dentist, health

Current Health Insurance Reform Issues

No sooner had President Obama signed the last piece of the health care reform package on March 30 than he hit the road, traveling to a number of states to sell the public on the new health care law of the land. On their Easter/Passover recess break, many members of Congress were engaged in their own hearts and minds campaign on health reform back in their home districts. A new Gallup poll, however, seems to show that Democratic supporters of the bill have the tougher selling job. The poll shows that 47 percent of Americans believe it is a good thing that the bill passed while 50 percent believe it to be a bad thing. And, the results show that both opponents and proponents agree that the new law does not do nearly enough to address rising health care costs. Health plans, such as Aetna, have maintained that the success of health care reform will hinge on addressing health care costs, and we have pledged to continue working toward reforms that would achieve affordability.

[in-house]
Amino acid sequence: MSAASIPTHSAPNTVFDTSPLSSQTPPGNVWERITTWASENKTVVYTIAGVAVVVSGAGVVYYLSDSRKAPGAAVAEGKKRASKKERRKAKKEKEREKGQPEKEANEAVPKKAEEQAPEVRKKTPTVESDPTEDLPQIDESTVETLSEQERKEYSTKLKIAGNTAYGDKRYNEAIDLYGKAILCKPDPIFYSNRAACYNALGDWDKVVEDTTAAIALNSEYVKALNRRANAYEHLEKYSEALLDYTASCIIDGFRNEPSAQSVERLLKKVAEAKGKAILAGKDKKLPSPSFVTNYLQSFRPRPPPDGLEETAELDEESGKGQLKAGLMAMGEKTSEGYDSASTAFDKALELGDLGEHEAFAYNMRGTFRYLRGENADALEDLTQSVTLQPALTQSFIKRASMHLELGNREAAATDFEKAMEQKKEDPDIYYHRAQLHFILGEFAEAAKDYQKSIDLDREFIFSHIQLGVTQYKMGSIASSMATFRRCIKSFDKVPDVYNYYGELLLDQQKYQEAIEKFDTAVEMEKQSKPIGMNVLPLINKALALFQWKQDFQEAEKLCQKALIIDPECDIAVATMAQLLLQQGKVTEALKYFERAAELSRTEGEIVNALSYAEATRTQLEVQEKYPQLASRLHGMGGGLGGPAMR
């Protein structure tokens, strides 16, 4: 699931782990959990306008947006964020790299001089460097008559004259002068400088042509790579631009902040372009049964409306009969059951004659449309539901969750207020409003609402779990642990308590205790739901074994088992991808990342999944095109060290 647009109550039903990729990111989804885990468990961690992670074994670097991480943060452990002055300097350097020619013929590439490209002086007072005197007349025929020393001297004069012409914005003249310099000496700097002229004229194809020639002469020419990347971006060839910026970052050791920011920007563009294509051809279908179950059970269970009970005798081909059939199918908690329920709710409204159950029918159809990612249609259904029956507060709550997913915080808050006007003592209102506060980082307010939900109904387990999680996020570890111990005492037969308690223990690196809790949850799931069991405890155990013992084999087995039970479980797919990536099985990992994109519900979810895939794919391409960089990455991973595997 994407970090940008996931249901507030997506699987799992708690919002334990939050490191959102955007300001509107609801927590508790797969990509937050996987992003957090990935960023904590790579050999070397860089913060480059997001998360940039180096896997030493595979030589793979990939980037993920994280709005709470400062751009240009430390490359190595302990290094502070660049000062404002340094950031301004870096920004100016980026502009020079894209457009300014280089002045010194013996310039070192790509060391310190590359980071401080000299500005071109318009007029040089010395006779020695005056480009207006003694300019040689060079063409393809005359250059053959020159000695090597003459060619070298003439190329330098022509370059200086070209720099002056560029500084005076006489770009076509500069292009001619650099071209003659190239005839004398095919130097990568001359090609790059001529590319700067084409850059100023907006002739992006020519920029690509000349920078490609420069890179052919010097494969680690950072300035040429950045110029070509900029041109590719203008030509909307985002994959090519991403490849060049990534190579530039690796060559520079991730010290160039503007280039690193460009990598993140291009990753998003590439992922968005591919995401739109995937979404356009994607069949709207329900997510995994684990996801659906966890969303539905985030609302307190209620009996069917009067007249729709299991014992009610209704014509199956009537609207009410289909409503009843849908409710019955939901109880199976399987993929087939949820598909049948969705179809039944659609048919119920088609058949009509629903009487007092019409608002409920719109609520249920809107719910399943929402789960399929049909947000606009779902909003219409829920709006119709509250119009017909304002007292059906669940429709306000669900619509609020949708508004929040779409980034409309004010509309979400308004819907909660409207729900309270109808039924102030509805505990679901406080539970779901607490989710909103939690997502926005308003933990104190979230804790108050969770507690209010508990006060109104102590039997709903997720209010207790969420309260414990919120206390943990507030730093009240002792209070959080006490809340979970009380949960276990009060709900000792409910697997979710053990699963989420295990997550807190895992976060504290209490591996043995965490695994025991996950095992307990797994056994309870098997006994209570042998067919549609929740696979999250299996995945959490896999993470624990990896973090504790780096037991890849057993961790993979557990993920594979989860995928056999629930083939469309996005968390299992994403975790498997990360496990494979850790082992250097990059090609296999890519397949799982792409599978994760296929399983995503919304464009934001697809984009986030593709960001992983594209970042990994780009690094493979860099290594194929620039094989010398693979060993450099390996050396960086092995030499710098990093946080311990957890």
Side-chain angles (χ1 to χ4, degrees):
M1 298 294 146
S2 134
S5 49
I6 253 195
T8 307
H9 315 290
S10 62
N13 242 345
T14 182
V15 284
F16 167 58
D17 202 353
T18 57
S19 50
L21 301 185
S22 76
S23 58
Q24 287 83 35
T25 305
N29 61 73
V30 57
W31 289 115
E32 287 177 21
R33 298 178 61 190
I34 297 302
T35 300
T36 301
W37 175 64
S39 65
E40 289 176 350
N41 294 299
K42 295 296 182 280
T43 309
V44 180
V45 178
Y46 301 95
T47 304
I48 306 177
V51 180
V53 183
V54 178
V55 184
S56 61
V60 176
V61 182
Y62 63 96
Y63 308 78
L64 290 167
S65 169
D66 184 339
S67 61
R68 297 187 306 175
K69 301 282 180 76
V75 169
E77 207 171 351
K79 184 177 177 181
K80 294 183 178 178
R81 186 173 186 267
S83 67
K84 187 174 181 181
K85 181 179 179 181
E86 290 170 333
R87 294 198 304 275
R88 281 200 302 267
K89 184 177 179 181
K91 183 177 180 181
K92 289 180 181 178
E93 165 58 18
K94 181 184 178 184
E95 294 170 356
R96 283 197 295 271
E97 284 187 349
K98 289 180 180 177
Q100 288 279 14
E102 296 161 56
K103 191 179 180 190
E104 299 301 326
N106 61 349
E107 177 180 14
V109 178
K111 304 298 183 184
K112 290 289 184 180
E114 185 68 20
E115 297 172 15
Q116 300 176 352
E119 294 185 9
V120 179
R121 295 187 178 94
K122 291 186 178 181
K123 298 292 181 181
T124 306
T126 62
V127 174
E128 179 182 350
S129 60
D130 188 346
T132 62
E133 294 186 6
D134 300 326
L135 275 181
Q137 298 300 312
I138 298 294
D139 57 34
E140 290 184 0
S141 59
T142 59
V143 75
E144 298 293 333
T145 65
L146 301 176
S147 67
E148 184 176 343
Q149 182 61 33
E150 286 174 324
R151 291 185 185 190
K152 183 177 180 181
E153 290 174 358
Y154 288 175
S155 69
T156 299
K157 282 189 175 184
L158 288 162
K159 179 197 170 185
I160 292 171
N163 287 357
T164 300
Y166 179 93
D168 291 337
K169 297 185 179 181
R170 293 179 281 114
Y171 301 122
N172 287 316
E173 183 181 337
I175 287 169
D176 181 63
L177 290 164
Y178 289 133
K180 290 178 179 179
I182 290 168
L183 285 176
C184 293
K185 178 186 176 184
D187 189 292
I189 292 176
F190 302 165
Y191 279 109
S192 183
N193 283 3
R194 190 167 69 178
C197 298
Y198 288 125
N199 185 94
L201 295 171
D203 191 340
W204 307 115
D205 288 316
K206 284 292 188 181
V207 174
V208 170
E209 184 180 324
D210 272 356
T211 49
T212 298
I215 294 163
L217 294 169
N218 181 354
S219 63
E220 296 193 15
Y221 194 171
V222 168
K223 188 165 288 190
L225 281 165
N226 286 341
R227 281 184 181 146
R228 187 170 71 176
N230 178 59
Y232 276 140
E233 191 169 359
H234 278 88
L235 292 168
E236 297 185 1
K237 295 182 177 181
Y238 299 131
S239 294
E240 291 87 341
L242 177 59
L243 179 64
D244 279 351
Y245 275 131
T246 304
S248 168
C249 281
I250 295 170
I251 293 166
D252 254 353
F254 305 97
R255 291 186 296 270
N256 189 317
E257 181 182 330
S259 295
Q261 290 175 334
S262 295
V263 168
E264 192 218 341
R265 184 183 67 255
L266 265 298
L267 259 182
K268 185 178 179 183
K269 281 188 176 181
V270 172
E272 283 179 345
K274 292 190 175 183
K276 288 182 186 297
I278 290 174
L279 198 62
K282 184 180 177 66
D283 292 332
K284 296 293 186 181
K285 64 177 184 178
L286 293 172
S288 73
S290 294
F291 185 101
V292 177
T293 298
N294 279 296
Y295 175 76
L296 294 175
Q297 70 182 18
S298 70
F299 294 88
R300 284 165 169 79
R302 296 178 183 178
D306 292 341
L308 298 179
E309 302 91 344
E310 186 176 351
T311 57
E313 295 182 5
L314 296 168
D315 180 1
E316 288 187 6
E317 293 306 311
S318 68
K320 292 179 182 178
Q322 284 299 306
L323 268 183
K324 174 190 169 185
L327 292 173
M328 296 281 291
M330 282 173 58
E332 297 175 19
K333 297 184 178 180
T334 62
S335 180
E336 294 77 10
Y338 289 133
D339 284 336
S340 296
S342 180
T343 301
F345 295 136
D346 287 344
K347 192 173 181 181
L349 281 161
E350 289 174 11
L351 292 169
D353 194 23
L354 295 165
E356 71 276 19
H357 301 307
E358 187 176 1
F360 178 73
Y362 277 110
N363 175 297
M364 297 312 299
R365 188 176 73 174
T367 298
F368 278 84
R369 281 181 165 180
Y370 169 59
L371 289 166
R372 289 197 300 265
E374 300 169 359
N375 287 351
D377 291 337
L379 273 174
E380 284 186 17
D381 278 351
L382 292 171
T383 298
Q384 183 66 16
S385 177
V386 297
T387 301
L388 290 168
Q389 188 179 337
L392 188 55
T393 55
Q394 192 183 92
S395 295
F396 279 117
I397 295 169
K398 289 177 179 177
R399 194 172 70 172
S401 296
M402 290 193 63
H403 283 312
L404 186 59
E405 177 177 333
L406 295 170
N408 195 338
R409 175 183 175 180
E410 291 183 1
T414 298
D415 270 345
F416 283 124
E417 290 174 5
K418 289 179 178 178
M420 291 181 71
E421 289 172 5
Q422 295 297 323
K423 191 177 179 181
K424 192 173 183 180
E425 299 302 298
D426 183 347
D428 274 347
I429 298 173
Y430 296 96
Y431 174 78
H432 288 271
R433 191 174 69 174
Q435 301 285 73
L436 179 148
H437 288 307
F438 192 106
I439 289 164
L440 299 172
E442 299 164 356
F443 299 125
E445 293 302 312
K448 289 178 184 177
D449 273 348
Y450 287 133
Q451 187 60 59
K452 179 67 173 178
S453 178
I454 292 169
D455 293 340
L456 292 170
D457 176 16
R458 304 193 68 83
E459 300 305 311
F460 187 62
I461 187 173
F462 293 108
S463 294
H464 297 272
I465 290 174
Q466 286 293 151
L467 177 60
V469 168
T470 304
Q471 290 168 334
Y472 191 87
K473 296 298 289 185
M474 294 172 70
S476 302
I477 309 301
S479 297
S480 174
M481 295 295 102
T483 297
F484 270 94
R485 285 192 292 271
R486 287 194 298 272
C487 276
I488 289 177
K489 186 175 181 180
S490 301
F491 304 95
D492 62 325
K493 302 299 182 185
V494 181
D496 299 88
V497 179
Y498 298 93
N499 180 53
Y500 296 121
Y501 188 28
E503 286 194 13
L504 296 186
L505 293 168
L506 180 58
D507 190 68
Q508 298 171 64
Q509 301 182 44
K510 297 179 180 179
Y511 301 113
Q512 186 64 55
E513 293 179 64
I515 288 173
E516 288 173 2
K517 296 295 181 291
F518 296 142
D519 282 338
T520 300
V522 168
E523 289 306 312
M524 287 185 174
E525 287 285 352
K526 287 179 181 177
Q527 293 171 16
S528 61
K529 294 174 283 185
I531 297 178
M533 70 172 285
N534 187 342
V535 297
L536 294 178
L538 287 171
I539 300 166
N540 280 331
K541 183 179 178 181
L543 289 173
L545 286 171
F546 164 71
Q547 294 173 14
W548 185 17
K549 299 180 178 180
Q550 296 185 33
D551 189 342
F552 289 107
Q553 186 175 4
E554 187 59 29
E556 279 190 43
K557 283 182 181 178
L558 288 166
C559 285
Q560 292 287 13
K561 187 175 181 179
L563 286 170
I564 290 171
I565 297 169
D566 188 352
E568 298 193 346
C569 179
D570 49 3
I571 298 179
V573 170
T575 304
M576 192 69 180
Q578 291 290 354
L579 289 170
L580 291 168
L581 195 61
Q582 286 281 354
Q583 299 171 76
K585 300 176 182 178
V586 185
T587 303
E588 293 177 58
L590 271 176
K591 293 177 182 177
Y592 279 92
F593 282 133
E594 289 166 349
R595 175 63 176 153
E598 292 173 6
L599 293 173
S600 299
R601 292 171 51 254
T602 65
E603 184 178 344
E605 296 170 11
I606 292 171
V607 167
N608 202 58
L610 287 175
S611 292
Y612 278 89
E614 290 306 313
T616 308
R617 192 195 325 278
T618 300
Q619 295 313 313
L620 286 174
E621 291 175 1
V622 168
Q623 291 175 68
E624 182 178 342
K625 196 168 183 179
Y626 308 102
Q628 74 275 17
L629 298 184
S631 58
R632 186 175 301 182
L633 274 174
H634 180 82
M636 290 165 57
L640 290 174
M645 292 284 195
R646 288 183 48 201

Since Congress was in recess last week, there is no Federal report this week.


ARIZONA: After a lengthy debate in special session, the legislature voted along party lines to permit a lawsuit challenging the newly enacted federal health care reform law. It is unclear whether Governor Jan Brewer will join other states in the lawsuit filed in Florida, since the attorney general has advised that he will not participate in any litigation on this issue. Brewer had asked lawmakers for authority to go around the attorney general and sue on the state’s behalf.

COLORADO: A bill prohibiting the use of gender as an underwriting factor in setting rates for individual policies passed both chambers and will become effective with plans issued or renewed after January 1, 2011. The bill is part of Governor Ritter’s health reform package.

GEORGIA: A bill that originally would have imposed a tax on health plans – the language regarding a health plan tax was removed recently — was passed out of the Senate last week. However, whether the Governor will sign the bill in its current form is not clear.